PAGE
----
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AFV Painting & Weathering
Answers to questions about the right paint scheme or tips for the right effect.
Acrylic washes and filters.
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Washington, United States
Joined: March 15, 2009
KitMaker: 3,426 posts
Armorama: 1,914 posts
Posted: Saturday, October 13, 2018 - 04:51 AM UTC
Testor's developed an entire range of Acrylic (and some enamel) washes a few years back that works quite well, called "Create FX". Here's a link to thier line:


I bought several in a close out at Hobby Lobby in Lakewood Washington a couple of years back, including a "rust & dirt, mud, and a green wash. I have yet to try the green wash, but the rust and dirt and mud washes work pretty well over Tamiya Acrylic lacquers, and Model Master enamel flat paint. I don't know if HL still carries these washes or not-- I haven't seen them for a couple of years now. They also have an engine oil and grime enamel wash in thier enamel wash line, which is excellent-- it really looks the part. I've seen similar washes lately at Michael's, in a different bottle in the Testor's paint rack line. Not sure they are the same though. The bottles I bought at HL were the size of the old Floquil bottles. The Michaels bottles I've seen are are the standard "model master" sized bottles.
VR, Russ

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Joined: December 17, 2012
KitMaker: 47 posts
Armorama: 29 posts
Posted: Friday, October 12, 2018 - 06:23 AM UTC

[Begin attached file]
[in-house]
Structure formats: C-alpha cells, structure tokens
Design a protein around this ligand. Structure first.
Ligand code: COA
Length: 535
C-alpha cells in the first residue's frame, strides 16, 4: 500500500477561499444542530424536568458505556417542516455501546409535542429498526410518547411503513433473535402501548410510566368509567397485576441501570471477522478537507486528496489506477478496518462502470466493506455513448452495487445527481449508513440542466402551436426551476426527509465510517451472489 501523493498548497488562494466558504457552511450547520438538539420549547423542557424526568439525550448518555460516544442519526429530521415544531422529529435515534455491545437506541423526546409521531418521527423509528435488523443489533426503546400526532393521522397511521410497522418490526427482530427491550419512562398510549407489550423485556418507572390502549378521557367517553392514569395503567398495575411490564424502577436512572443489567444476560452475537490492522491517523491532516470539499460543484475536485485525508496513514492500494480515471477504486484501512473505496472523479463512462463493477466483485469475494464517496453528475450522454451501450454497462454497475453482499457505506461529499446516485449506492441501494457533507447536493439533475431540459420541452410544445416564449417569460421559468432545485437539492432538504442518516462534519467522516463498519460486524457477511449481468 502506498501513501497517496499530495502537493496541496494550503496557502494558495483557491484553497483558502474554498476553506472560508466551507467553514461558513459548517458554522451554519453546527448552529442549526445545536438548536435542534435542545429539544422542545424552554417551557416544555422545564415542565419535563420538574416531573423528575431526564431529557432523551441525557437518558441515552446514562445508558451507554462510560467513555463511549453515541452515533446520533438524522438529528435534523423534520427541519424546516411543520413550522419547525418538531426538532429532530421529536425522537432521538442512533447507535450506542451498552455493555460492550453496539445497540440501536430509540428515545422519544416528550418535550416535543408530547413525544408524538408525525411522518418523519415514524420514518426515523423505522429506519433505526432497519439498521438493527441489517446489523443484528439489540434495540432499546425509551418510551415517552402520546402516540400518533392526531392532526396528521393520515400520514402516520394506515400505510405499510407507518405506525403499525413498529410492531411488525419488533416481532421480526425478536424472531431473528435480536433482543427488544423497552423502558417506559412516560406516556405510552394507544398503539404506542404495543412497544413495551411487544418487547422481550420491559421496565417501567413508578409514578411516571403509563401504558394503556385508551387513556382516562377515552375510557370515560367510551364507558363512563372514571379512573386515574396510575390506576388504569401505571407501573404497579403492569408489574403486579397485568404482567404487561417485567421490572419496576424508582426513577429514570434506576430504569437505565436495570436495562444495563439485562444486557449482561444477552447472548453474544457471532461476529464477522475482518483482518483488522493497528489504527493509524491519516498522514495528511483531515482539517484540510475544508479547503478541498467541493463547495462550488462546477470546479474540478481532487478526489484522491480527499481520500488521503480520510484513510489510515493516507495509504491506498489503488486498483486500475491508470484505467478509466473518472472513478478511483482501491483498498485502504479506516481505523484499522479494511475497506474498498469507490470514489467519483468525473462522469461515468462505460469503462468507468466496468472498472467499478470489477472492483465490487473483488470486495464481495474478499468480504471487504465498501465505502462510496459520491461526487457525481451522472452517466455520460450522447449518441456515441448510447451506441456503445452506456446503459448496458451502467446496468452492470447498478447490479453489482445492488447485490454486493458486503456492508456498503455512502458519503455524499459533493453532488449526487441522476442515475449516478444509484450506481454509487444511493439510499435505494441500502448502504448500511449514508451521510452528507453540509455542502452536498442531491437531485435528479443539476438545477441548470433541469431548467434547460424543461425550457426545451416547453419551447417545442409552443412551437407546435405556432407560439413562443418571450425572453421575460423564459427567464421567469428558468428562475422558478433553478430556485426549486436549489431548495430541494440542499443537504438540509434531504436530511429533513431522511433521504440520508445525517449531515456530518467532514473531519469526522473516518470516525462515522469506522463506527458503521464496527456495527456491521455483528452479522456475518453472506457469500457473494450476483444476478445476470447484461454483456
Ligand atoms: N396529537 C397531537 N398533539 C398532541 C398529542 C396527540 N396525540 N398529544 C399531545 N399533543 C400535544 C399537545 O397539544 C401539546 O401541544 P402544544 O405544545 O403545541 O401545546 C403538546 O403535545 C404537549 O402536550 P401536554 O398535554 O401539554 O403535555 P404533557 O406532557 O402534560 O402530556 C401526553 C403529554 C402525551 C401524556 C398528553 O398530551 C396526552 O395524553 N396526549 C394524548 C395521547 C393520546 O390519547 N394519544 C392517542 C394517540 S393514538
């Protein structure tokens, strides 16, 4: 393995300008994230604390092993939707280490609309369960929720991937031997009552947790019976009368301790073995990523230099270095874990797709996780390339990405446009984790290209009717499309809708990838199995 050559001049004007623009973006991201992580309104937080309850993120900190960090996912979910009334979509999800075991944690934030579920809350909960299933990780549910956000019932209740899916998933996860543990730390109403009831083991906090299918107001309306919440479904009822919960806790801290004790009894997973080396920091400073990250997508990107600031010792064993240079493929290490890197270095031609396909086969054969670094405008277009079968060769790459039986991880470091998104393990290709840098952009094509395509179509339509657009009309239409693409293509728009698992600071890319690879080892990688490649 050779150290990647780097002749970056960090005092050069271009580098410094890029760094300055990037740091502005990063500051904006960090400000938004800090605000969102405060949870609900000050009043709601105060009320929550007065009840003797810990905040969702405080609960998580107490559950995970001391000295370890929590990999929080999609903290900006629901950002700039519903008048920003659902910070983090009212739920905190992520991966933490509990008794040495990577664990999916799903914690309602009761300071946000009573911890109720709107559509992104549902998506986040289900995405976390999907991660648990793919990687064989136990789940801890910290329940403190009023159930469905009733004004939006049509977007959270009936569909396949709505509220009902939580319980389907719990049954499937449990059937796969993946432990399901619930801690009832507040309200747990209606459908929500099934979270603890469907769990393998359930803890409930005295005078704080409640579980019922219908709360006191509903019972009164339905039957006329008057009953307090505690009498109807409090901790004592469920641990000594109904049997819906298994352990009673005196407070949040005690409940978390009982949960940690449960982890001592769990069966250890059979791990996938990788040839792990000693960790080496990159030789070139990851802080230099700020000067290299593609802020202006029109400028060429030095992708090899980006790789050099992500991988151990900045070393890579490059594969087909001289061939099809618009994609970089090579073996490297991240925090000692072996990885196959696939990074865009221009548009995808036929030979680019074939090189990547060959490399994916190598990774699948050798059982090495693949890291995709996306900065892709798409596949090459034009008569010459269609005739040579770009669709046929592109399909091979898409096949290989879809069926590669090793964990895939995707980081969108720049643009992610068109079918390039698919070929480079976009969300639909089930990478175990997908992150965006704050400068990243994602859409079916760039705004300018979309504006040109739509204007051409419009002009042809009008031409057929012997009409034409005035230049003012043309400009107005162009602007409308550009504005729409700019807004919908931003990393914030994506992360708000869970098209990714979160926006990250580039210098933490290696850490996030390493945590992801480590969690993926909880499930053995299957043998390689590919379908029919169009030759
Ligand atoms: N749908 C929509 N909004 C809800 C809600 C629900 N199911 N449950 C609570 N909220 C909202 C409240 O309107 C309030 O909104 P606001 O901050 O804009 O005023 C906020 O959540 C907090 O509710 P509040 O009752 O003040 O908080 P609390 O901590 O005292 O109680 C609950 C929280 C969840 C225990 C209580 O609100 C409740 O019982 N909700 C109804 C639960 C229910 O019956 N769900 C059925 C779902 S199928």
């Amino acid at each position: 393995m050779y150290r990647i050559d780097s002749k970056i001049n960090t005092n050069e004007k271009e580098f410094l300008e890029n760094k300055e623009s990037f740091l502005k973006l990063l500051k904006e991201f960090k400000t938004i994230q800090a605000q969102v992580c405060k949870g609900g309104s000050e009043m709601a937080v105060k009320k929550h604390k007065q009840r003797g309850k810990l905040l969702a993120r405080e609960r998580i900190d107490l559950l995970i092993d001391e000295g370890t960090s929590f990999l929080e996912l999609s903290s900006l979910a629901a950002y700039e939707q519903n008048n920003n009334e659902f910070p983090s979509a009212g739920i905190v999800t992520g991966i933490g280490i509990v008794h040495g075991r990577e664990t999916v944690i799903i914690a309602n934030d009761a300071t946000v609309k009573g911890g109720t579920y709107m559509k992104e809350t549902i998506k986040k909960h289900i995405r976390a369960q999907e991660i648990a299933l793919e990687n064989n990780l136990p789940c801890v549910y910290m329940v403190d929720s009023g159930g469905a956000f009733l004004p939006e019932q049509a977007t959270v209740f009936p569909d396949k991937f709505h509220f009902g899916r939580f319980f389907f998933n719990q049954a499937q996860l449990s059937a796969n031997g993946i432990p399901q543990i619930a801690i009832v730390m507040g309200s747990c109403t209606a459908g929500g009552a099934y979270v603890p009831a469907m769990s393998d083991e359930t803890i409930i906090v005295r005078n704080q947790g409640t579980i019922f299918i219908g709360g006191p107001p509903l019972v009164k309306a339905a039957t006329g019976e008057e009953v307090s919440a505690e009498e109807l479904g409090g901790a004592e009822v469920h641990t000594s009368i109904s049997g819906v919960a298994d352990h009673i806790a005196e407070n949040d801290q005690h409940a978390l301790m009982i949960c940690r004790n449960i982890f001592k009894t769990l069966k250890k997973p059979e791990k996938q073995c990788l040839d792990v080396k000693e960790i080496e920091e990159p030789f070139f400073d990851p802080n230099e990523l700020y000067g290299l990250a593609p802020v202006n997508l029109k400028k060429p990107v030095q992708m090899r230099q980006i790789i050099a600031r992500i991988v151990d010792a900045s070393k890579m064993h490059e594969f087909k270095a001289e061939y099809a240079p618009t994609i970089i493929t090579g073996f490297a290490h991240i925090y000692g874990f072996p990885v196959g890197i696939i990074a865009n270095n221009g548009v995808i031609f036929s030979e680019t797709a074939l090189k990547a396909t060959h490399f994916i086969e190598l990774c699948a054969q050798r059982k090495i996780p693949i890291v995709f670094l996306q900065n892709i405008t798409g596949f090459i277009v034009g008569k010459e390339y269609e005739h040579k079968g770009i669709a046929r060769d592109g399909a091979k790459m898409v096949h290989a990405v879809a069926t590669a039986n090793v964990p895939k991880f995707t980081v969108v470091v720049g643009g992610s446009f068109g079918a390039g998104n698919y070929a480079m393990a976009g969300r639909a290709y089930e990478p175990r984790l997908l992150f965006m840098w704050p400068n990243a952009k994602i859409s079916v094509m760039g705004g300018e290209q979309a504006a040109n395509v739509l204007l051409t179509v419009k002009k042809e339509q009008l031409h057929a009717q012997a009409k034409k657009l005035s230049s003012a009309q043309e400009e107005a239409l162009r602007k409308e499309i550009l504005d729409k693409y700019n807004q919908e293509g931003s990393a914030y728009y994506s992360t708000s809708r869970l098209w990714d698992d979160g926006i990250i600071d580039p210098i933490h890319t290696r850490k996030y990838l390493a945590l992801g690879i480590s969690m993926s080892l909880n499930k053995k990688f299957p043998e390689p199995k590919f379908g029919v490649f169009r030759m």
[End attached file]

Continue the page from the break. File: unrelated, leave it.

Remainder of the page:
You definitely can use acrylics for washes. I came from miniature painting, and there are some ink washes designed for use with acrylics - I like the Games Workshop Agrax Earthshade and Nuln Oil. A lot of people have their own secret formula for creating washes of different colours, usually including some amount of Pledge or whatever furniture polish, which helps the wash settle into the recesses better.

For plastic model kits, and now for miniatures, I prefer oil washes mthough. You c the areas you want much easier- this is really good for panel lines. The oil/thinner mixture dries much slower and therefore smoother, without lines at the edges of the wash area.

The downsides to oil washes are: solvent fumes; cleanup; the drying time mentioned above. The end product is better enough that I definitely prefer to do my washes with oils now.
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New South Wales, Australia
Joined: May 04, 2016
KitMaker: 1,311 posts
Armorama: 1,303 posts
Posted: Thursday, October 11, 2018 - 09:19 PM UTC
Hey Greg Ė the out-of-the-pot acrylic brands Iíve tried (Tamiya, Mr Hobby) donít seem to accept washes too well & while a micro-droplet of liquid soap does minimise beading it can interfere with the pigmentís stability when dry & continues to feel slightly sticky. Thatís one reason why I abandoned modelling paints & use student-quality (i.e. half the price of the good stuff) artistsí acrylics from any Art supply shop because theyíre designed to accept washes, Iím just posting an update tonight to the Operation Anthropoid thread on the Diorama forum on this subject which might be of interest.
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Queensland, Australia
Joined: September 04, 2015
KitMaker: 1,453 posts
Armorama: 1,067 posts
Posted: Saturday, October 06, 2018 - 10:15 AM UTC
for me Enamel / Oils washes are much more controllable, they dry more slowly and if you do not like the result they can be removed very easily with a little thinner,I tried several times with acrylics (Vallejo, Citadel and True-Earth) but they never completely satisfied me.
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Washington, United States
Joined: August 09, 2002
KitMaker: 1,626 posts
Armorama: 1,551 posts
Posted: Saturday, October 06, 2018 - 10:06 AM UTC
I am reading about washes and filters and it seems like oils are popular with mineral spirits to work the magic. Why can't you use acrylic washes and filters over an acrylic paint job that has cured for a week or two? Put a few spots of paint on and use some soapy water to do the same thing to make streaks and stains?